9.  Georgiou M, Fujinami K, Michaelides M. Retinal imaging in inherited retinal diseases. Ann Eye Sci Vol 5 (September 2020) Ann Eye Sci. Published online 2020. http://aes.amegroups.com/article/view/5540
  10.  Genead MA, Fishman GA, Rha J, et al. Photoreceptor structure and function in patients with congenital achromatopsia. Investig Ophthalmol Vis Sci. 2011;52(10):7298-7308. doi:10.1167/iovs.11-7762
  11.  Dubis AM, Cooper RF, Aboshiha J, et al. Genotype-dependent variability in residual cone structure in achromatopsia: toward developing metrics for assessing cone health. Investig Ophthalmol Vis Sci. 2014;55(11):7303-7311. doi:10.1167/iovs.14-14225
  12.  Georgiou M, Singh N, Kane T, et al. Photoreceptor Structure in GNAT2-Associated Achromatopsia. Investig Ophthalmol Vis Sci. 2020;61(3):40. doi:10.1167/iovs.61.3.40
  13.  Michalakis S, Schön C, Becirovic E, Biel M. Gene therapy for achromatopsia. J gene Med. 2017;19(3). doi:10.1002/jgm.2944
  14.  Kohl S, Baumann B, Rosenberg T, et al. Mutations in the cone photoreceptor G-protein alpha-subunit gene GNAT2 in patients with achromatopsia. Am J Hum Genet. 2002;71(2):422-425. doi:10.1086/341835
  15.  Thiadens AAHJ, den Hollander AI, Roosing S, et al. Homozygosity mapping reveals PDE6C mutations in patients with early-onset cone photoreceptor disorders. Am J Hum Genet. 2009;85(2):240-247. doi:10.1016/j.ajhg.2009.06.016
  16.  Kohl S, Coppieters F, Meire F, et al. A nonsense mutation in PDE6H causes autosomal-recessive incomplete achromatopsia. Am J Hum Genet. 2012;91(3):527-532. doi:10.1016/j.ajhg.2012.07.006
  17.  Zelinger L, Cideciyan A V, Kohl S, et al. Genetics and Disease Expression in the CNGA3 Form of Achromatopsia: Steps on the Path to Gene Therapy. Ophthalmology. 2015;122(5):997-1007. doi:10.1016/j.ophtha.2014.11.025
  18.  Liang X, Dong F, Li H, Li H, Yang L, Sui R. Novel CNGA3 mutations in Chinese patients with achromatopsia. Br J Ophthalmol. 2015;99(4):571-576. doi:10.1136/bjophthalmol-2014-305432
  19.  Wissinger B, Gamer D, Jägle H, et al. CNGA3 mutations in hereditary cone photoreceptor disorders. Am J Hum Genet. 2001;69(4):722-737. doi:10.1086/323613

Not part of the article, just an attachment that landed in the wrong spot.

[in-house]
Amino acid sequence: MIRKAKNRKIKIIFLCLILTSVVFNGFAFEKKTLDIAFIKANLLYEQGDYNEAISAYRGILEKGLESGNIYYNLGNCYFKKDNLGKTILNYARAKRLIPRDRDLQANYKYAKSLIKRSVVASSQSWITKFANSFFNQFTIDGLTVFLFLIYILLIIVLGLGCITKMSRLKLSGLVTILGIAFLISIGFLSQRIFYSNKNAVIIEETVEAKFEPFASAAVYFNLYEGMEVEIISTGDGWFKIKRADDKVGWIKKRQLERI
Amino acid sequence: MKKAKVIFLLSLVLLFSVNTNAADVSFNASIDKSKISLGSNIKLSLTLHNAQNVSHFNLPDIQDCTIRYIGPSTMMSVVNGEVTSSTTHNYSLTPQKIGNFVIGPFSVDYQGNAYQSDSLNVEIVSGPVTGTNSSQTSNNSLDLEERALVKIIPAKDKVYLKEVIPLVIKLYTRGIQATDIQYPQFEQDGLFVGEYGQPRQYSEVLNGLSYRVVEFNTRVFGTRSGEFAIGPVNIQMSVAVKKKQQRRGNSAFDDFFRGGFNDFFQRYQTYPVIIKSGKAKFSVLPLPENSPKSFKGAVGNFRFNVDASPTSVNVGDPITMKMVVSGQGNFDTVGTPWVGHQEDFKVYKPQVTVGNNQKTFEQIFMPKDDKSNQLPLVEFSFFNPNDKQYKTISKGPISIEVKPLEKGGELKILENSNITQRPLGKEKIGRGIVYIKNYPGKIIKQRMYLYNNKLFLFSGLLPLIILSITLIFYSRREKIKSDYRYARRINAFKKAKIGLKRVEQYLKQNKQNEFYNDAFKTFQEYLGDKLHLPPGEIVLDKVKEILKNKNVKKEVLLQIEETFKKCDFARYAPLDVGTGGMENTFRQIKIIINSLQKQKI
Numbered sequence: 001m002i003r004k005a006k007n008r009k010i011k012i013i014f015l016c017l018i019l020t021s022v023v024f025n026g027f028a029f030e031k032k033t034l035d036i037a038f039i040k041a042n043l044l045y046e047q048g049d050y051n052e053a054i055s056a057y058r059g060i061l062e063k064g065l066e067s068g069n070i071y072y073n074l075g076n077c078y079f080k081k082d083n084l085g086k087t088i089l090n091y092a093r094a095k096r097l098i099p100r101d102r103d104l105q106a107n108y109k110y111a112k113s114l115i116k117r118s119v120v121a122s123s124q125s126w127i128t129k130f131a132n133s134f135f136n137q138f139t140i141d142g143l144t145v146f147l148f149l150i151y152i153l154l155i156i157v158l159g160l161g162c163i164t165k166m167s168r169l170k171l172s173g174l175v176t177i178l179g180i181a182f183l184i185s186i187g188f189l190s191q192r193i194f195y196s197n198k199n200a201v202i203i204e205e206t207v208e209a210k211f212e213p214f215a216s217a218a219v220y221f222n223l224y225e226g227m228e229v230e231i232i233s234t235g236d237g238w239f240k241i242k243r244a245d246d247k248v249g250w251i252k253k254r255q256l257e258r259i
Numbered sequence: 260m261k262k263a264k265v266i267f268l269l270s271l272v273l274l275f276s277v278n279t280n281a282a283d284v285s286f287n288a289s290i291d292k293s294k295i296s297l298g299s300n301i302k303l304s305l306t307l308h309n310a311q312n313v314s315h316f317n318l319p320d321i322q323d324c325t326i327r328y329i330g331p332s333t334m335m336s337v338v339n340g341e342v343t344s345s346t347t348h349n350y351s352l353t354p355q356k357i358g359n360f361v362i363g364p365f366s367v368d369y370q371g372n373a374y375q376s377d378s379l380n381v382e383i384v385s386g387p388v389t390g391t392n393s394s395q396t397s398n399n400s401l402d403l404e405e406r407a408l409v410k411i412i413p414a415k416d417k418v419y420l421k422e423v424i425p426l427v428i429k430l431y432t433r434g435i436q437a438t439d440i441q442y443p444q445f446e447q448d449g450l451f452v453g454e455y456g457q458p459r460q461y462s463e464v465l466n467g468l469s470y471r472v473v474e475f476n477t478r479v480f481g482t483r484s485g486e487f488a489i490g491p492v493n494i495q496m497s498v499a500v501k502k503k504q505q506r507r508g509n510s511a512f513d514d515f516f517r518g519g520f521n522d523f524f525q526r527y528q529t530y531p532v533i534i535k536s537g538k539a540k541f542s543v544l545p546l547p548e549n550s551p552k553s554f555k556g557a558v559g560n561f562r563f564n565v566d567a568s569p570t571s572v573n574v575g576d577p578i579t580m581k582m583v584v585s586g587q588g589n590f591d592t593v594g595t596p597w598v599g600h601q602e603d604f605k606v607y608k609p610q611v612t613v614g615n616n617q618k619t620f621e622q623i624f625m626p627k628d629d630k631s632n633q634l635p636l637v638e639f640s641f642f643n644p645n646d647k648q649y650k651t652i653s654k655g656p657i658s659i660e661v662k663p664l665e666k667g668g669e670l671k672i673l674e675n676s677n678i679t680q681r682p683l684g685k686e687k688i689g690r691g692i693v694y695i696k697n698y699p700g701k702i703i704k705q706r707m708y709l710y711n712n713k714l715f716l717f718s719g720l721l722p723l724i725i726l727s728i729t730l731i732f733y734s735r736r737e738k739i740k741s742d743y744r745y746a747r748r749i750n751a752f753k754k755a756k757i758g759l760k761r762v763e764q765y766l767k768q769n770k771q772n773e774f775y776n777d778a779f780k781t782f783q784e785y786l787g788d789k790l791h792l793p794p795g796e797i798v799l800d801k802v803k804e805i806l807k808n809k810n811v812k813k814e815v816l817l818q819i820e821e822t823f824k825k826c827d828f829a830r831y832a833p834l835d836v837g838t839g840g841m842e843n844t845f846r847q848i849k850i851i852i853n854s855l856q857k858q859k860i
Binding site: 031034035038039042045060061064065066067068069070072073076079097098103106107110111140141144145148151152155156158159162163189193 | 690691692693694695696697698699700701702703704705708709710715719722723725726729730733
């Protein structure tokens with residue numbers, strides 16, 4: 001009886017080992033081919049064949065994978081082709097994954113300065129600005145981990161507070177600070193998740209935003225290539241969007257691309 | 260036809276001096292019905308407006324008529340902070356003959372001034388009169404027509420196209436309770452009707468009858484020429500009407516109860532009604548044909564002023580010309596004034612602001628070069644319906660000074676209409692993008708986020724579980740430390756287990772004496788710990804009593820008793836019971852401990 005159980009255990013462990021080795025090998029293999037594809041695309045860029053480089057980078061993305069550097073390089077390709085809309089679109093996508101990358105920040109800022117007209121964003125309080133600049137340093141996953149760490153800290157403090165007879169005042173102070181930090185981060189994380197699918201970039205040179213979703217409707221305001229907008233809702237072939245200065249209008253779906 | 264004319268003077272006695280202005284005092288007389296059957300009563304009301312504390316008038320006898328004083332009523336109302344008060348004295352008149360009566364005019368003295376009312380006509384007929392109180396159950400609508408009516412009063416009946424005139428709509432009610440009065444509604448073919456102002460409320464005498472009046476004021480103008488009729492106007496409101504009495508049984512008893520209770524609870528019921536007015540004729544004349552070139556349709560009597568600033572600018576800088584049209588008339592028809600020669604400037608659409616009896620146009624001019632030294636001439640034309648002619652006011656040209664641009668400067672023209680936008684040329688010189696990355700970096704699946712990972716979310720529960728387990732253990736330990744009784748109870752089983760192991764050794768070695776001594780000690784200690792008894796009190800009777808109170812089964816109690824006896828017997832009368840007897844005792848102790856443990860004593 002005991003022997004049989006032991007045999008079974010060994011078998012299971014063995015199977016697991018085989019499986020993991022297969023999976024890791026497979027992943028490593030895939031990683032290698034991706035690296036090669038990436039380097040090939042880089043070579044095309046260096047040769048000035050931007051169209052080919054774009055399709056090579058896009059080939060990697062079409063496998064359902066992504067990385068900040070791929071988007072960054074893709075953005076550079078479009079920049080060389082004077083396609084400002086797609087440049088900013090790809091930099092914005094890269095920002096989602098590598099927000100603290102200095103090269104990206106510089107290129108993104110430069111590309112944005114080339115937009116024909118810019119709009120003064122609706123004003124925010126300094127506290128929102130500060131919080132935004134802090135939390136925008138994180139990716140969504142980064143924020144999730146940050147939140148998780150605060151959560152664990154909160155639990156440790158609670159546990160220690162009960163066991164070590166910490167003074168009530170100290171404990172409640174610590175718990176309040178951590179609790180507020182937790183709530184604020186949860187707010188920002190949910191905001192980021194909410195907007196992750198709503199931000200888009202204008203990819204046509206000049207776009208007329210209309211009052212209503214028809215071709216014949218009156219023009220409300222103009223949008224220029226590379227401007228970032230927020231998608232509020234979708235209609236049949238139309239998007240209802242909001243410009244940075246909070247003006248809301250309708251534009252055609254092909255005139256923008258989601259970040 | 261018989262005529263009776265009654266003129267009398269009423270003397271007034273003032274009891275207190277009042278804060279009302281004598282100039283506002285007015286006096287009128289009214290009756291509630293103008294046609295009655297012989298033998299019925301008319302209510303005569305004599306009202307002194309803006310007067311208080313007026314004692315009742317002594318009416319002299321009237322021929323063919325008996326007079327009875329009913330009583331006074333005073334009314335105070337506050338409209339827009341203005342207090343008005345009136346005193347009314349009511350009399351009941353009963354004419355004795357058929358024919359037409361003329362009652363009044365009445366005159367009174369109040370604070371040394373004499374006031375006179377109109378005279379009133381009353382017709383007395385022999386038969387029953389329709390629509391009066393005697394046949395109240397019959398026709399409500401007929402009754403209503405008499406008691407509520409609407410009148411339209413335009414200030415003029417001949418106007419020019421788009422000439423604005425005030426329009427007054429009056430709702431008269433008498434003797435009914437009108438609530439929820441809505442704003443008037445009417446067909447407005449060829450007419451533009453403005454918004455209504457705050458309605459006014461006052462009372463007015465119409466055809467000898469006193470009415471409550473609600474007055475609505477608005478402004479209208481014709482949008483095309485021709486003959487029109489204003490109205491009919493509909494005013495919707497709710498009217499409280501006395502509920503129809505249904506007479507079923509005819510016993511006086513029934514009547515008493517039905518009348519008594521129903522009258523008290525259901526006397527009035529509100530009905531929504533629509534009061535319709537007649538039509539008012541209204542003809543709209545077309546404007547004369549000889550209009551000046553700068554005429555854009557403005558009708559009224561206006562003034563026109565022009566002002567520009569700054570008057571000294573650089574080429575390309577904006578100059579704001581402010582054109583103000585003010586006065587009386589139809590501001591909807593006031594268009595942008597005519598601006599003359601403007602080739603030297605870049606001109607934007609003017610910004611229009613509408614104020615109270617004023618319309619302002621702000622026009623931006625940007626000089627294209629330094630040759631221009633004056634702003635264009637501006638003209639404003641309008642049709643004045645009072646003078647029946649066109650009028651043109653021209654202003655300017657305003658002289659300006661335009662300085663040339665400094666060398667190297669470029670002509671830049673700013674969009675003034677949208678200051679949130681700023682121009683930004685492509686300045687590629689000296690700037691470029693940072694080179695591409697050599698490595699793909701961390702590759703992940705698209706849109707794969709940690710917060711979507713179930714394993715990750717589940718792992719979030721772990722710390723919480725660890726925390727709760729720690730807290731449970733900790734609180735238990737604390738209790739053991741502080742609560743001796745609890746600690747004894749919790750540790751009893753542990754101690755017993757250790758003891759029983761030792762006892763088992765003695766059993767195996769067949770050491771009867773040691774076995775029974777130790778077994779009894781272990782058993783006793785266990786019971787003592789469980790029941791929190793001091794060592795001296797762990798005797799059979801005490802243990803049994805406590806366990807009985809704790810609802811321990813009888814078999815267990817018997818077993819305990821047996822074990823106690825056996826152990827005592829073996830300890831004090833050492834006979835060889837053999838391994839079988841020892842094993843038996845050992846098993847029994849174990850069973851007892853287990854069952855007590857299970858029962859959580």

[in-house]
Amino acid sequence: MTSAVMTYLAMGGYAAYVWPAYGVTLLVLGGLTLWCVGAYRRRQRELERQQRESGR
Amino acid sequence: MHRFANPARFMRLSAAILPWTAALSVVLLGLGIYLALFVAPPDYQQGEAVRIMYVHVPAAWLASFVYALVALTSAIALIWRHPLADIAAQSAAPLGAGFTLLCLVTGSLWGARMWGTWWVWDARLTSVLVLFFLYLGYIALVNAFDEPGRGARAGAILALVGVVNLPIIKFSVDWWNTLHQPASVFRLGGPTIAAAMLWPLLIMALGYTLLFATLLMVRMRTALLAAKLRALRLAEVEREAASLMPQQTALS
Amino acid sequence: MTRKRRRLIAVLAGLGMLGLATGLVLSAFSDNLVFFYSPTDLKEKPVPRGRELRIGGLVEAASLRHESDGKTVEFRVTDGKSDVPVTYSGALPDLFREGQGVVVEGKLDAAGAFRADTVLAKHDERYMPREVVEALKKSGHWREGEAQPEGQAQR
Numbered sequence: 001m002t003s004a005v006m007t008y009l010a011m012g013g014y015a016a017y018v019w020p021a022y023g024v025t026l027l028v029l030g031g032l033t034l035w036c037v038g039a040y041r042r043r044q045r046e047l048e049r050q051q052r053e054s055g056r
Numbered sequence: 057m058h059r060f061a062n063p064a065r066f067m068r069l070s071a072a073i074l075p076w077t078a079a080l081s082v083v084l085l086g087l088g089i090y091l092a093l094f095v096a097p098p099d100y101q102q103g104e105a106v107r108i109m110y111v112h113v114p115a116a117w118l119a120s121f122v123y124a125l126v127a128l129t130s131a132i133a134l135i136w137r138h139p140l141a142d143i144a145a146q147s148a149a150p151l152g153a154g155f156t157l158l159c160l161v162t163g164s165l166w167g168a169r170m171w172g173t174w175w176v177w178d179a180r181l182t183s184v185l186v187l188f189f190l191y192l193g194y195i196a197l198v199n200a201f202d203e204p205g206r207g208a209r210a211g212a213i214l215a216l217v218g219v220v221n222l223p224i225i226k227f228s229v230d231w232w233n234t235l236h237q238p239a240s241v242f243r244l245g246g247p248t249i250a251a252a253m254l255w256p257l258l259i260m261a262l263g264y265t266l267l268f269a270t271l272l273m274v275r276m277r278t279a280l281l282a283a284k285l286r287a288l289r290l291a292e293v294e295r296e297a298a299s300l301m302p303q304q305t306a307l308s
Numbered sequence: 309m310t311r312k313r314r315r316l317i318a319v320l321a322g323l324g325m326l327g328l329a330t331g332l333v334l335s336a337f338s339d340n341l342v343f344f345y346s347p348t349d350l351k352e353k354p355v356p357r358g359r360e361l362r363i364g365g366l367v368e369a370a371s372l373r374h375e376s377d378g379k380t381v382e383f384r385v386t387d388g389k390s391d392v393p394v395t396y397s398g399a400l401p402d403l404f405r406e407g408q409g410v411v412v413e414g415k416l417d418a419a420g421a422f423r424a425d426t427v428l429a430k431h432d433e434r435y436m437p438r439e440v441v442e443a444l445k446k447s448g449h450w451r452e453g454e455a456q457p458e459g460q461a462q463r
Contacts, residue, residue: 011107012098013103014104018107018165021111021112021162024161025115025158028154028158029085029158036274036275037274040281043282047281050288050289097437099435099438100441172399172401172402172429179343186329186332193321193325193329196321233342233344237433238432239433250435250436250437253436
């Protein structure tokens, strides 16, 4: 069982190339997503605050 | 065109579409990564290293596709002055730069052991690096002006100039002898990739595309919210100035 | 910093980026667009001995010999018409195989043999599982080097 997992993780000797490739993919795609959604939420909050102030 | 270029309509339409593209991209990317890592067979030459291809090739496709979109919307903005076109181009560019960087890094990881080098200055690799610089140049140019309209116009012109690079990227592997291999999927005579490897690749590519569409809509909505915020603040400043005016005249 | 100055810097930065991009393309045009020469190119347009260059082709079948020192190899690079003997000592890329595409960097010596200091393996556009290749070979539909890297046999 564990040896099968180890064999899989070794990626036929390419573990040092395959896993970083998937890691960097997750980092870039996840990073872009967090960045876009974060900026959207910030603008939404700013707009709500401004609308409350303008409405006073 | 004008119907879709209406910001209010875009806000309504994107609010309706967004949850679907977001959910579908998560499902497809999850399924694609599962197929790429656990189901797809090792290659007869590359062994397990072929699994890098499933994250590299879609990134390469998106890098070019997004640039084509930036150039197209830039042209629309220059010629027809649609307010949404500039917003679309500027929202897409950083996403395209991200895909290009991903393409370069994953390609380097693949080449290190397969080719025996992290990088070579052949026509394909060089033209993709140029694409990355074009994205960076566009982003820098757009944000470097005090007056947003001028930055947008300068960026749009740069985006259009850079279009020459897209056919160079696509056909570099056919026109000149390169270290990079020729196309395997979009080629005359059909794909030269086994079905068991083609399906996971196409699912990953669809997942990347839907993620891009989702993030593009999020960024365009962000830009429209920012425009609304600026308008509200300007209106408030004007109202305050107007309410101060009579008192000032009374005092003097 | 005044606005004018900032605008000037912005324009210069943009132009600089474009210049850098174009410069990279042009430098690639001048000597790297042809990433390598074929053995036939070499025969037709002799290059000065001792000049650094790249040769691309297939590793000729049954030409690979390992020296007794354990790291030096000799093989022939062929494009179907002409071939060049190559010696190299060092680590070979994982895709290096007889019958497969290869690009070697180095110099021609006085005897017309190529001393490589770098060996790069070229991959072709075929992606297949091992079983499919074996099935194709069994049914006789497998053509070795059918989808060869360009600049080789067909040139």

20.  Kohl S, Varsanyi B, Antunes GA, et al. CNGB3 mutations account for 50% of all cases with autosomal recessive achromatopsia. Eur J Hum Genet. 2005;13(3):302-308. doi:10.1038/sj.ejhg.5201269
  21.  Yoshida H, Haze K, Yanagi H, Yura T, Mori K. Identification of the cis-acting endoplasmic reticulum stress response element responsible for transcriptional induction of mammalian glucose-regulated proteins. Involvement of basic leucine zipper transcription factors. J Biol Chem. 1998;273(50):33741-33749. doi:10.1074/jbc.273.50.33741
  22.  Wu J, Rutkowski DT, Dubois M, et al. ATF6alpha optimizes long-term endoplasmic reticulum function to protect cells from chronic stress. Dev cell. 13(3):351-364. doi:10.1016/j.devcel.2007.07.005
  23.  Sundaram V, Wilde C, Aboshiha J, et al. Retinal structure and function in achromatopsia: implications for gene therapy. Ophthalmol J Am Acad Ophthalmol. 2014;121(1):234-245. doi:10.1016/j.ophtha.2013.08.017
  24.  Zobor D, Werner A, Stanzial F, et al. The Clinical Phenotype of CNGA3-Related Achromatopsia: Pretreatment Characterization in Preparation of a Gene Replacement Therapy Trial. Investig Ophthalmol Vis Sci. 2017;58(2):821-832. doi:10.1167/iovs.16-20427
  25.  Haverkamp S, Michalakis S, Claes E, et al. Synaptic plasticity in CNGA3(-/-) mice: cone bipolar cells react on the missing cone input and form ectopic synapses with rods. J Neurosci Off J Soc Neurosci. 2006;26(19):5248-5255. doi:10.1523/JNEUROSCI.4483-05.2006
  26.  Burkard M, Kohl S, Krätzig T, et al. Accessory heterozygous mutations in cone photoreceptor CNGA3 exacerbate CNG channel-associated retinopathy. J Clin Investig. 2018;128(12):5663-5675. doi:10.1172/JCI96098
  27.  Fortuny C, Flannery JG. Mutation-Independent Gene Therapies for Rod-Cone Dystrophies. Adv Exp Med Biol. 2018;1074:75-81. doi:10.1007/978-3-319-75402-4_10
  28.  Zhang K, Hopkins JJ, Heier JS, et al. Ciliary neurotrophic factor delivered by encapsulated cell intraocular implants for treatment of geographic atrophy in age-related macular degeneration. Proc Natl Acad Sci United States Am. 2011;108(15):6241-6245. doi:10.1073/pnas.1018987108
  29.  Talcott KE, Ratnam K, Sundquist SM, et al. Longitudinal study of cone photoreceptors during retinal degeneration and in response to ciliary neurotrophic factor treatment. Investig Ophthalmol Vis Sci. 2011;52(5):2219-2226. doi:10.1167/iovs.10-6479

Jump to top

Updated on December 16, 2020
Was this article helpful?